The legislature remained at an im-
passe at the end of its regular session
on June 7 and was unable to adopt a
biannual budget to address the state's
$5.1 billion budget deficit over the next
two years. At press time, legislators
have called themselves into special
session with a goal to adopt a budget
by June 30, although it looks unlikely
that a budget will be adopted by then.
As the legislature confronts the reality
of this budgetary situation, spending
or tax measures that have never been
heard in committee may be introduced
and voted on with almost no notice.
Our major issue of concern during
the special session is a potential in-
crease in professional license fees.
The House and Senate Democratic
caucuses' budget proposal included
across-the-board license fee increas-
es. We have been actively speaking
with legislators to make them aware of
how this proposal would put an unfair
burden on Connecticut CPAs:
· Connecticut CPAs pay the highest
license fee in the country this fee
is 2.8 times the next highest fee and
six times the national average.
· The current CPA license fee covers
the cost of the administration of
the Connecticut State Board of
Accountancy several times over.
Please be on the lookout for email
alerts and read the latest updates at
www.ctcpas.org/capitolcorner. It is im-
perative that you contact to your leg-
islators as quickly as possible to help
stop problematic proposals during the
special session. Constituent outreach
has a major impact in today's political
This legislative session was a success for accountants. Our advocacy efforts
successfully addressed several proposed bills of importance to the profession.
Government Relations Consultant Craig
Leroy is our "boots on the ground" each
day at the Capitol, carefully tracking pro-
posed bills and alerting us when issues
arise that may affect the accounting pro-
fession. When a proposal requires our
attention, Bonnie immediately heads to
Hartford to begin discussions with key
legislators and staff.
Many of you asked us to keep you informed on issues that matter most to you
at the Capitol, so one of our new initiatives this year was to provide you with up-
dates throughout the session on our Capitol Corner webpage (www.ctcpas.org/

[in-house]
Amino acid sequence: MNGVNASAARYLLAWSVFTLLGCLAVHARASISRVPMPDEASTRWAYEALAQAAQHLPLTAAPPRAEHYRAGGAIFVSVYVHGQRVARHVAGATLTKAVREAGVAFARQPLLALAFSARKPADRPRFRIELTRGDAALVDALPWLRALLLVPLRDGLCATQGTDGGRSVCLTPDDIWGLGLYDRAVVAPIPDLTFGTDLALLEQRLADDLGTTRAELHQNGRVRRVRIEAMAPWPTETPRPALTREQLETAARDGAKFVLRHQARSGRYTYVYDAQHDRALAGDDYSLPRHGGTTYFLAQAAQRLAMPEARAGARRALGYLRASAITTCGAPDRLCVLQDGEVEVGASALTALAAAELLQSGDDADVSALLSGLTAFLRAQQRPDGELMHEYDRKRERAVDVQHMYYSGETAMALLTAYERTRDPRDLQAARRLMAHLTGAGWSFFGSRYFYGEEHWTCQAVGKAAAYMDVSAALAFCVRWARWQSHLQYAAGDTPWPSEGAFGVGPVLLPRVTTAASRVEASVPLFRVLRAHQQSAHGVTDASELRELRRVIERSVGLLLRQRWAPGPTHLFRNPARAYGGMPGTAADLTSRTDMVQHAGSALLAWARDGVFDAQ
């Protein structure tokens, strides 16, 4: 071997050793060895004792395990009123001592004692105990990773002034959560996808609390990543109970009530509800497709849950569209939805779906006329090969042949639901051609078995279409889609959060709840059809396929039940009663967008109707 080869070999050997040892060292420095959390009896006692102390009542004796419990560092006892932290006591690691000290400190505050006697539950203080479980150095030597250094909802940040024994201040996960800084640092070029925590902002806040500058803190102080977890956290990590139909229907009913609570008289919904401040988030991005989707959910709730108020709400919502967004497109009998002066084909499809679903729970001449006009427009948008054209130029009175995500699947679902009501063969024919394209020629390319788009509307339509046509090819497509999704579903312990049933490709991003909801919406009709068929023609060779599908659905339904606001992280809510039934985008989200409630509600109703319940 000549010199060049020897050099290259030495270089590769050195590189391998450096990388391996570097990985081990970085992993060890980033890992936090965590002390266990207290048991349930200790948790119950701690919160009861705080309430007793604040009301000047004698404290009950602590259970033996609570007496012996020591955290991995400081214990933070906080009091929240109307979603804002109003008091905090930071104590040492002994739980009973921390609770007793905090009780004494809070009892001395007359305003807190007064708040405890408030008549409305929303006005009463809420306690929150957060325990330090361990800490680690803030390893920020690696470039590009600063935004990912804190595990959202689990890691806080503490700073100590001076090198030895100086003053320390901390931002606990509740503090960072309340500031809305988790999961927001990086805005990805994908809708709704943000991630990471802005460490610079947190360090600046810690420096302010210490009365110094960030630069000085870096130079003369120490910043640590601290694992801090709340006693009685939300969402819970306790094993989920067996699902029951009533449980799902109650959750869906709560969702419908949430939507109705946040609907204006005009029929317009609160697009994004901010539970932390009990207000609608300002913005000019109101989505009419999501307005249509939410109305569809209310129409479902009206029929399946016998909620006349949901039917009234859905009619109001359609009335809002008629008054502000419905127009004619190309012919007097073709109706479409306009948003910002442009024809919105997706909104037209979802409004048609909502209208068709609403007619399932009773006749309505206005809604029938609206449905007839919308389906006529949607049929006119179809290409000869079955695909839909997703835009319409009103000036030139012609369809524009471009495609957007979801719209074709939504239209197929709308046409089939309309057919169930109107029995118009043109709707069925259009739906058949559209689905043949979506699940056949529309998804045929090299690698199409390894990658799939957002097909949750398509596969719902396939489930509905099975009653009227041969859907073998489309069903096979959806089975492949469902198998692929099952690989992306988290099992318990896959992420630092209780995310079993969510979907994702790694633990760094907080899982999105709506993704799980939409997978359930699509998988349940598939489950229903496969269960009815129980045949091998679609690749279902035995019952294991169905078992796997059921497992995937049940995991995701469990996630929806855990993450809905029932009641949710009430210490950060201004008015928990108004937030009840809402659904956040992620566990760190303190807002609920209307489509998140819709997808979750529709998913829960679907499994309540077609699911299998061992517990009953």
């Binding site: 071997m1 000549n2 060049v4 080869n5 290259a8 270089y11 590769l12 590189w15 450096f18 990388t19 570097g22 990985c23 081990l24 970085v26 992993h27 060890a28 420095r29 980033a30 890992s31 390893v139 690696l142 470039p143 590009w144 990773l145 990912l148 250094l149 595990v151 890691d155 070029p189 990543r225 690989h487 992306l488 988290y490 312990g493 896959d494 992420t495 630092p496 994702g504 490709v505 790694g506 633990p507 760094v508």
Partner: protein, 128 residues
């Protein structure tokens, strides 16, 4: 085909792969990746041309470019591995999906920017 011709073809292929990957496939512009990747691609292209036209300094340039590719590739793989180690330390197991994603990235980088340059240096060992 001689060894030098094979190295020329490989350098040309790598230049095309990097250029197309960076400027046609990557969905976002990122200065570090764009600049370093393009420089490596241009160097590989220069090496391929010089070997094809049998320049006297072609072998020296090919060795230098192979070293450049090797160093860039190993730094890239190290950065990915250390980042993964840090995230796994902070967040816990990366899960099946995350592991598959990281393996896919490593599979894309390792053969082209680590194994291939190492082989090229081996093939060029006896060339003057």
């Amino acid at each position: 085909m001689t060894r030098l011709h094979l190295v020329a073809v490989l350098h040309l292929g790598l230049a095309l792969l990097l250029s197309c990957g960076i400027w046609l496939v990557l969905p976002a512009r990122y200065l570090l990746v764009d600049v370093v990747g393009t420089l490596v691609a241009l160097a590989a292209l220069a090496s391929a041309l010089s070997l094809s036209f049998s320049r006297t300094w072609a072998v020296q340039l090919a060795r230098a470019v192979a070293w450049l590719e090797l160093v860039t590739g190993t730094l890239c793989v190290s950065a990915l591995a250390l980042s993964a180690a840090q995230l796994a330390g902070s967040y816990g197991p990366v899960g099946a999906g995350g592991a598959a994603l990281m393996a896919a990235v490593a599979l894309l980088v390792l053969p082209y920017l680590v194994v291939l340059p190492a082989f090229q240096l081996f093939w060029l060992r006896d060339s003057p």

capitolcorner) and via email advisories and alerts.
Several times during the session we asked you to contact your legislators and
tell them how proposed bills would affect your profession, your company, or your
clients. In each case, our clear and immediate outreach was highly effective. We
spoke and they listened!
See details about the status of each of the bills and proposals we addressed this
session in this tear-out guide. You'll see them highlighted in blue boxes. We've
also included the status of several other bills relevant to the profession.
The State of Connecticut faces significant fiscal challenges. This comes as no
surprise, as the state's looming budget deficits and falling revenues have ap-
peared in the news nearly every day for months. Combine this fiscal crisis with a
state political environment drastically different than the state has ever seen, and
it means everyone needs to beware.
We'll continue to advocate on your behalf during the budget special session (see
more in the sidebar at right). It's imperative that we remain vigilant to protect the
profession now and in the future. Anything can happen as legislators explore any
and all spending and revenue measures possible to address the state's fiscal
Thank you for your support as we work to serve and protect the accounting pro-
fession in these unprecedented times.
Legislative Session Wrap-Up
Amid a Tumultuous Legislative Season,
Several Victories for Connecticut CPAs
License Fee Increase a
Major Concern in
Special Budget Session
Roy & Leroy
See details about the status
of the bills and proposals
we addressed this session in
this tear-out guide. You'll see
them highlighted in blue boxes.